Accidents and bed-wetting have the same root cause: chronically holding poop or pee or both. A rectal poop mass squishes the bladder and messes with its nerves; holding pee thickens the bladder wall, shrinking the bladder’s capacity to hold urine and triggering hiccuplike contractions. The upshot: wet undies and bed sheets.

These problems cause more than stress and extra laundry. Left untreated, some kids develop chronic medical problems, including damaged colons and, eventually, pain with sex. But toileting troubles are highly treatable—if only the medical profession would treat them.

The notion that constipation causes wetting is hardly new. This link was demonstrated in the 1980s by Sean O’Regan, a pediatric kidney specialist baffled by his 5-year-old son’s persistent bed-wetting. Back then, bed-wetting was considered either a psychological issue or an anatomical problem of the bladder. O’Regan, practicing at the Montreal’s Hôpital Ste.-Justine, didn’t accept either explanation.

Suspecting constipation, O’Regan had a colleague perform a balloon-inflation procedure, anal manometry, on his son to find out whether the boy’s colon had been stretched by impacted stool. Using a catheter, the colleague inserted a small balloon into the child’s bottom and gradually inflated it, waiting for the boy to report discomfort. But the child felt nothing. O’Regan’s colleague reported, “The kid’s got no rectal tone.”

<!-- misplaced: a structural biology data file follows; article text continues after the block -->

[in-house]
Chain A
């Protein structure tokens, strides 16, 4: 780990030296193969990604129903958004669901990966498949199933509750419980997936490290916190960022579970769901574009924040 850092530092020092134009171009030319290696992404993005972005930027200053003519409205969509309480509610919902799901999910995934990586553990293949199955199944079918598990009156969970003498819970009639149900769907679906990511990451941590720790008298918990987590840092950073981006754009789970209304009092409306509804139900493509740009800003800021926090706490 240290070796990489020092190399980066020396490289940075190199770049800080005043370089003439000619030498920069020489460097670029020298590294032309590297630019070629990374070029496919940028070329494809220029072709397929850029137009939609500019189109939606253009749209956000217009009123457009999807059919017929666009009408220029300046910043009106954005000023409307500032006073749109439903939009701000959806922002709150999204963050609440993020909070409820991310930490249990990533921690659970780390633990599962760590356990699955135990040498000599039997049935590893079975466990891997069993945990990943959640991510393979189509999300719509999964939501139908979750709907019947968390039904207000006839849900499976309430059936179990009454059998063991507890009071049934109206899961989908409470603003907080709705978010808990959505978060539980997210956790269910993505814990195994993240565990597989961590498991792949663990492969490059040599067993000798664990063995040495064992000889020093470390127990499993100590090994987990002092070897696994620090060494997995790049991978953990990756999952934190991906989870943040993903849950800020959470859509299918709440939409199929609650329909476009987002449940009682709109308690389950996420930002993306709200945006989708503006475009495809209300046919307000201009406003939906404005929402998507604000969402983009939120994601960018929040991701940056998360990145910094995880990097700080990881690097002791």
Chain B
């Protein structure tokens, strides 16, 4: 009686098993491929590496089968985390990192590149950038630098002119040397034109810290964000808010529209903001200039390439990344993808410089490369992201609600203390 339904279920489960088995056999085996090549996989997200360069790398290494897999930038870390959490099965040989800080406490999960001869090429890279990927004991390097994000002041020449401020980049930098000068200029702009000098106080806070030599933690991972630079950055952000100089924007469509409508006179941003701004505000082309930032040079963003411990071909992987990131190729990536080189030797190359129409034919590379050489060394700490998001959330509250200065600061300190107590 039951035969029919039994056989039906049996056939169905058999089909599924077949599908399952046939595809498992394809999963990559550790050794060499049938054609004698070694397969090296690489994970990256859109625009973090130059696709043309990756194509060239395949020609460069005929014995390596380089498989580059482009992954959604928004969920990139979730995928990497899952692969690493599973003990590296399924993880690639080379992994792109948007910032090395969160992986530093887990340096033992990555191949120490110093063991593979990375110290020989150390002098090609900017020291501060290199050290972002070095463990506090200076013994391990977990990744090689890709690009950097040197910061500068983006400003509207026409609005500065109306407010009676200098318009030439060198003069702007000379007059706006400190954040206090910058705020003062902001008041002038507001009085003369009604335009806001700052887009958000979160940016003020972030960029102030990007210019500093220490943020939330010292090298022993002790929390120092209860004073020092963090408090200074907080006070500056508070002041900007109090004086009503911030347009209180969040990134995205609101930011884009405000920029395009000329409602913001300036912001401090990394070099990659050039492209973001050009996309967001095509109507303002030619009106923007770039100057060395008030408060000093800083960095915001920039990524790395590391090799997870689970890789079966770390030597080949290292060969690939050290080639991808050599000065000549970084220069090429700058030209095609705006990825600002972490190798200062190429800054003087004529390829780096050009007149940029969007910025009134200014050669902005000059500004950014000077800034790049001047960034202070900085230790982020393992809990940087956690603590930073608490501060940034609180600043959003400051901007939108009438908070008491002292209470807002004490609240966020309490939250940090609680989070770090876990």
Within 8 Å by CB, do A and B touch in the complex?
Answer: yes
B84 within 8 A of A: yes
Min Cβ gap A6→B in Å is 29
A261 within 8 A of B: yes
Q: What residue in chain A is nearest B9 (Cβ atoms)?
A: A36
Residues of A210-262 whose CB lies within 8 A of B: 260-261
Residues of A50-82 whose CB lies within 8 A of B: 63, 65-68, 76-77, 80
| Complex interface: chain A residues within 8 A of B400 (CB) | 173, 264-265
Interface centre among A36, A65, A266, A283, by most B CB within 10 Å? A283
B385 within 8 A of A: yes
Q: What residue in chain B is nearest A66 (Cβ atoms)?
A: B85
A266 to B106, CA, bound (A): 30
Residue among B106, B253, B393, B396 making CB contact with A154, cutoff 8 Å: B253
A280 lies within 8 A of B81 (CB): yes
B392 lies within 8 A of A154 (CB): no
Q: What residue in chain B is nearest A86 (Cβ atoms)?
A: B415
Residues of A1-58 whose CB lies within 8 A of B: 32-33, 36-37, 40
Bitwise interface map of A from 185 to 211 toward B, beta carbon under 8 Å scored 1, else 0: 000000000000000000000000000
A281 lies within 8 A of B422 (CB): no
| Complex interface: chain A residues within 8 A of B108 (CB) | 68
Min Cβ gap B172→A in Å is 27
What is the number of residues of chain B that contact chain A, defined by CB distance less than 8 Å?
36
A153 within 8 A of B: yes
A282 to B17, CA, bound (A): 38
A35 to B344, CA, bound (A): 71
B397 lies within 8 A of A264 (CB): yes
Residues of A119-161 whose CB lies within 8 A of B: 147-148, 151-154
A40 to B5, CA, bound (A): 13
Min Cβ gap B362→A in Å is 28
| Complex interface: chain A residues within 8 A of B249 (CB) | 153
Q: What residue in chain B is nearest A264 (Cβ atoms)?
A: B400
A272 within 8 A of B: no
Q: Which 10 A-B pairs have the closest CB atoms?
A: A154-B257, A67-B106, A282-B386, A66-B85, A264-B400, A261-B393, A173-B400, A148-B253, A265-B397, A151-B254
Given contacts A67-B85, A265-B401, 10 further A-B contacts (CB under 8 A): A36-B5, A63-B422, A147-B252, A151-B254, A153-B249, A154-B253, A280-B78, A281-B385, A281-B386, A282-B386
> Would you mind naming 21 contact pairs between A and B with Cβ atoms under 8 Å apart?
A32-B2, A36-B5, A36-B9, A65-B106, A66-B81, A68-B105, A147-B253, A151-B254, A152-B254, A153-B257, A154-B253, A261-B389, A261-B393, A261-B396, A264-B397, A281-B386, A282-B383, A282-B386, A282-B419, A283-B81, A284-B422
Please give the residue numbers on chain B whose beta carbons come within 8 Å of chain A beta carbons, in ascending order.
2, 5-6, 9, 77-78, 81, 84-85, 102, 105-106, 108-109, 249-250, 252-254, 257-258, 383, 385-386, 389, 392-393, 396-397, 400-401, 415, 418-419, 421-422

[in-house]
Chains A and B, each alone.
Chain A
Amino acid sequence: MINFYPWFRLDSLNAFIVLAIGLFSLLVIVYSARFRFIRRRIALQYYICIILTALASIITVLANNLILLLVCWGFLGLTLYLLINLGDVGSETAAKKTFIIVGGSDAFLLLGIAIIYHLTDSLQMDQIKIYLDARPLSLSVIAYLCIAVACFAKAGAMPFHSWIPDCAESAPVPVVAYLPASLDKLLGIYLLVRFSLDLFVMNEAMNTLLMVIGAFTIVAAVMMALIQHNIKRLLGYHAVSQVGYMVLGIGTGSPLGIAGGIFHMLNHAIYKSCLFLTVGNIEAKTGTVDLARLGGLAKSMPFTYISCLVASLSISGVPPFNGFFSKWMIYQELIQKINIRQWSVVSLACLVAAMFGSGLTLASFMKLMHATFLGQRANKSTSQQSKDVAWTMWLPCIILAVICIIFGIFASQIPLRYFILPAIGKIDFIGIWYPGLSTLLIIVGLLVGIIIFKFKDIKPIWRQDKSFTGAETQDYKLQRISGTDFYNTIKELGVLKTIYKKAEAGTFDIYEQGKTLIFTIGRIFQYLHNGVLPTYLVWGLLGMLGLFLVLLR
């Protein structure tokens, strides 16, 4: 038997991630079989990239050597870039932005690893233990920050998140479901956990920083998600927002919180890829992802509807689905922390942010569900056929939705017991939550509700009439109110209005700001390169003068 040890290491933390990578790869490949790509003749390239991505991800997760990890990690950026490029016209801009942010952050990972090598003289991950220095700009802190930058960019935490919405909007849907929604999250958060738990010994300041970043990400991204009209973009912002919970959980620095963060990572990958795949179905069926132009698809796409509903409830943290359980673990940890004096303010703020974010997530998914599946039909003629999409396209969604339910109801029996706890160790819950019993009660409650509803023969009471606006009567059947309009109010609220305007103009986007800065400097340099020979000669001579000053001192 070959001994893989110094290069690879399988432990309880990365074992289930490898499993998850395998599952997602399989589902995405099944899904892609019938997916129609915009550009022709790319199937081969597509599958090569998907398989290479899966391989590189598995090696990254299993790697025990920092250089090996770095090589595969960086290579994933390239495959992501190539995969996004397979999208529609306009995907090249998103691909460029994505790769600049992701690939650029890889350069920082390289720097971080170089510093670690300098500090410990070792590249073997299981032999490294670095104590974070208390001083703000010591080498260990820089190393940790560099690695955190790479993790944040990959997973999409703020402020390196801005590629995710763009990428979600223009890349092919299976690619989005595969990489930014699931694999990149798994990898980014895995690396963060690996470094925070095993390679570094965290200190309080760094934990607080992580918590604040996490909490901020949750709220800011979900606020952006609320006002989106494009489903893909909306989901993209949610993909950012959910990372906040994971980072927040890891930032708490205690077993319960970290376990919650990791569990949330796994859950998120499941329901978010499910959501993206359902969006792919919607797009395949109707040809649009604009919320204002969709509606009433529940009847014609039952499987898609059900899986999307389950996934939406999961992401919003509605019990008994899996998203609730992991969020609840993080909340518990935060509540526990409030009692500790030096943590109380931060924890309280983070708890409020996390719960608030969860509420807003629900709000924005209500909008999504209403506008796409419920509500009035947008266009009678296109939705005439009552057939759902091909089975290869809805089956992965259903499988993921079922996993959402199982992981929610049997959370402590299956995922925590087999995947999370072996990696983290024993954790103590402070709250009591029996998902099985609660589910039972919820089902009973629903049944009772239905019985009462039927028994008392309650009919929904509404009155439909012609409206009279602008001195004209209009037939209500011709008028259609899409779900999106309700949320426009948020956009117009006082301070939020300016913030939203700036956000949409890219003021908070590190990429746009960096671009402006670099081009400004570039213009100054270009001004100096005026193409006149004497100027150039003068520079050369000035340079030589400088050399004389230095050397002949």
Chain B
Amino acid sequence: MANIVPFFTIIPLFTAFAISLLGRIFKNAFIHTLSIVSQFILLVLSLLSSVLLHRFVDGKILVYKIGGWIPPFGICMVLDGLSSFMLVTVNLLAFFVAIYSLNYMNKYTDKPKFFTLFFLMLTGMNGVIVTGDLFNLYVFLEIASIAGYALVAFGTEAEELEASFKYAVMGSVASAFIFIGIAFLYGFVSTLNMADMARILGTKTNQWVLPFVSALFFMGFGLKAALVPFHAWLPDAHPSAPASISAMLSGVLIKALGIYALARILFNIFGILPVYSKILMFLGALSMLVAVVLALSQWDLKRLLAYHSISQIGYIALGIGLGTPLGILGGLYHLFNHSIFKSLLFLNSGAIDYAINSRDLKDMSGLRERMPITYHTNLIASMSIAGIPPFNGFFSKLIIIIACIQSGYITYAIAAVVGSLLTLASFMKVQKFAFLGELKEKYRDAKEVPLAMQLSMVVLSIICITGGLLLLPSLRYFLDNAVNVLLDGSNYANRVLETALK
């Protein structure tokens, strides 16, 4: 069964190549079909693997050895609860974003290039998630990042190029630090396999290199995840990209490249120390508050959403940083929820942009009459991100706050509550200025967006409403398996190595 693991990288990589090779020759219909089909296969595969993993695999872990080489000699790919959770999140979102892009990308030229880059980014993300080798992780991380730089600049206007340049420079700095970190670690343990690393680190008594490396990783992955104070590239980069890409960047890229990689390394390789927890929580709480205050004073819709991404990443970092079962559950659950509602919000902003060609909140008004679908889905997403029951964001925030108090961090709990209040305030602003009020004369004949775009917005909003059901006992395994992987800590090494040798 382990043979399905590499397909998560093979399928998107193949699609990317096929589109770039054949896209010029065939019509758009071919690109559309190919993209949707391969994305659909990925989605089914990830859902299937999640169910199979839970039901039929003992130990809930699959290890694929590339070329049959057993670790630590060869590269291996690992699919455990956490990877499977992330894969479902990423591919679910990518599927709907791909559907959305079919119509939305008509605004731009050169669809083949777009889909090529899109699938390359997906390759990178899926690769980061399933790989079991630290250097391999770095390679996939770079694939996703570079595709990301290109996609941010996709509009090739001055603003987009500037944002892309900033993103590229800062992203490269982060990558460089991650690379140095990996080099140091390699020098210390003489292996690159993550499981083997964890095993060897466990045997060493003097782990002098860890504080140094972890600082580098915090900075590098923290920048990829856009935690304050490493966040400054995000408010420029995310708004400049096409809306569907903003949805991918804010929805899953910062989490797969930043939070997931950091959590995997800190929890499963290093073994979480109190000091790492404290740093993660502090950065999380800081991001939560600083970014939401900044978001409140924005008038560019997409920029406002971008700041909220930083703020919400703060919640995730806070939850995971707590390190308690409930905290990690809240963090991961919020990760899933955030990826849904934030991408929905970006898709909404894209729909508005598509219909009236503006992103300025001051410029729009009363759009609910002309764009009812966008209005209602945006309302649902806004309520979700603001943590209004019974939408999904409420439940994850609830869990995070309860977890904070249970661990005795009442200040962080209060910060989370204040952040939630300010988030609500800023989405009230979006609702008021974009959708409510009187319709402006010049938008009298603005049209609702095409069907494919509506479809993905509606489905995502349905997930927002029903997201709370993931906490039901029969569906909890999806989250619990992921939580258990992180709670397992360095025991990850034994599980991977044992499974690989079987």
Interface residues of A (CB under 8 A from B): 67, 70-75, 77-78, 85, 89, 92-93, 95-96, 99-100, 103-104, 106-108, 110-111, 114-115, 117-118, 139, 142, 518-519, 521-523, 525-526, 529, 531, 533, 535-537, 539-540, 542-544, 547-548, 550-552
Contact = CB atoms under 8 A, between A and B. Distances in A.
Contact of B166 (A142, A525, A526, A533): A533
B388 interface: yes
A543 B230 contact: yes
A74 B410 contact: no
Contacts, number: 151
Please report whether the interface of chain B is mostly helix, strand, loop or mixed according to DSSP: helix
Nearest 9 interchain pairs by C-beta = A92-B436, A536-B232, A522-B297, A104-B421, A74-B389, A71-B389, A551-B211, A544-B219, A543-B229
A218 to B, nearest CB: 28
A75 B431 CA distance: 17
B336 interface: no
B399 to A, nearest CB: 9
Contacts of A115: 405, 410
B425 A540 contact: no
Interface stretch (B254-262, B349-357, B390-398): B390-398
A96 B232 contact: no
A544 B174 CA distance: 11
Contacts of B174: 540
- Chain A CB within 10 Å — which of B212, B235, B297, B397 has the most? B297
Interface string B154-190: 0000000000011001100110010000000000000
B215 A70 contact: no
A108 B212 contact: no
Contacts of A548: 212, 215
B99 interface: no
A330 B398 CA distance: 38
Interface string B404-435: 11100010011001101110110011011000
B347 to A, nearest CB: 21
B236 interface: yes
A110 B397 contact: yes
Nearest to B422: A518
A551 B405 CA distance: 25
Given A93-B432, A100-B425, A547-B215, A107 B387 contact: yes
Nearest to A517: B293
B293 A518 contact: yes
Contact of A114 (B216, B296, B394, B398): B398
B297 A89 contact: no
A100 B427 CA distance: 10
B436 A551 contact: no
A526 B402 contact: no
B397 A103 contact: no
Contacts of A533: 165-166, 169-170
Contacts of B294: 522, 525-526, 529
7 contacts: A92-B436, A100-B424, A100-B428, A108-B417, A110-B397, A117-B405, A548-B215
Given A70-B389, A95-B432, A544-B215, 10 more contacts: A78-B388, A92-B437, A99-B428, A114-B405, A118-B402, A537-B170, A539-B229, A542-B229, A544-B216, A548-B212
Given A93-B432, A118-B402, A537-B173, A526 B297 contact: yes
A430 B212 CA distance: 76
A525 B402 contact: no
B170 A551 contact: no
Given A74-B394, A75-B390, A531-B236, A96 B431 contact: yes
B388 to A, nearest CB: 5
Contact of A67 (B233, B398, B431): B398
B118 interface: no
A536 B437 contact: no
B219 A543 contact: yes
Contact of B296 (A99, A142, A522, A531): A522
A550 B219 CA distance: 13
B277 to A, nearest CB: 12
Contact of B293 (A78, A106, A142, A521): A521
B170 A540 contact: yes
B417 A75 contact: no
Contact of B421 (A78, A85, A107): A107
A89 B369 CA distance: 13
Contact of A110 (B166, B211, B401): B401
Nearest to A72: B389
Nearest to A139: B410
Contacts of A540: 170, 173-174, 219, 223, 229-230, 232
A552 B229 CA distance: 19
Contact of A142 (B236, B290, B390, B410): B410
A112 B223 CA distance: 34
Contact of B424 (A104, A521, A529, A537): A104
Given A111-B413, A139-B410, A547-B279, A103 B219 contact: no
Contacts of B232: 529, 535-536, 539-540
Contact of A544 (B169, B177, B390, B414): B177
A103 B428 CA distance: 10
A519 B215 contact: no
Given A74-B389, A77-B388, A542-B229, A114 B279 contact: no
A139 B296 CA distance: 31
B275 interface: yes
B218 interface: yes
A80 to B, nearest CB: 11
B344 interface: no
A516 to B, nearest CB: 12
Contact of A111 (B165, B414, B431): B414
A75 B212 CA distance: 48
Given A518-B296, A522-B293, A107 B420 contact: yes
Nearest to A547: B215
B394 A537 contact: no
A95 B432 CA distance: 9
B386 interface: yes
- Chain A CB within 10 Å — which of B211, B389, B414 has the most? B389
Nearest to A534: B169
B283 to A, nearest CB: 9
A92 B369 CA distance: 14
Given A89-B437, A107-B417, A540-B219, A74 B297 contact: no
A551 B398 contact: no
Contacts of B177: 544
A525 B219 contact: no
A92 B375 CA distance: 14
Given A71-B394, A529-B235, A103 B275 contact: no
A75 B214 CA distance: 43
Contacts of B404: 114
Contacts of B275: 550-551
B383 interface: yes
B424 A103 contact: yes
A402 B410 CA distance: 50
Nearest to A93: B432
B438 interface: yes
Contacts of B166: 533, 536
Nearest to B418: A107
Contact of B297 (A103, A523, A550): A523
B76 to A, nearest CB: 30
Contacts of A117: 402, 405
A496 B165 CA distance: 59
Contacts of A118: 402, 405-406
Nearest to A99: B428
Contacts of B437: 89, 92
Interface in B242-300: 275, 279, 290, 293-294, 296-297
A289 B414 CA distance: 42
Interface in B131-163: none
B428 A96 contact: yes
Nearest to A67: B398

O’Regan gave his son an enema nightly for a month, then every other night. Within two months, the boy had stopped wetting the bed. Figuring he was onto something, O’Regan tried this therapy with several hundred wetting patients and published a series of remarkable studies. These showed convincingly that children with wetting problems were severely constipated and that treating constipation resolved the wetting in dramatic fashion.

Here’s the interesting part: O’Regan noted in his papers that the parents of his patients had no inkling their children were backed up. Yet these kids were so clogged that they could not feel, in their rectums, the presence of balloons inflated to the size of a small cantaloupe.

O’Regan’s research tells you why constipation is so easily missed. Often, the rectum simply expands to compensate, like a squirrel’s cheeks or a snake’s belly. So much poop builds up that even though the child may still poop regularly, she never completely empties. Many severely clogged kids poop two or three times a day. Parents and doctors are fooled into thinking all is well.

In the years following publication of the O’Regan papers, urologists and pediatricians began to recognize the link between constipation and urinary problems. But they missed one of O’Regan’s main points: Constipation is associated with a stretched-out rectum, not the frequency of bowel movements. Doctors routinely ask parents whether their children are pooping regularly, but since most constipated children do poop daily, nothing gets solved.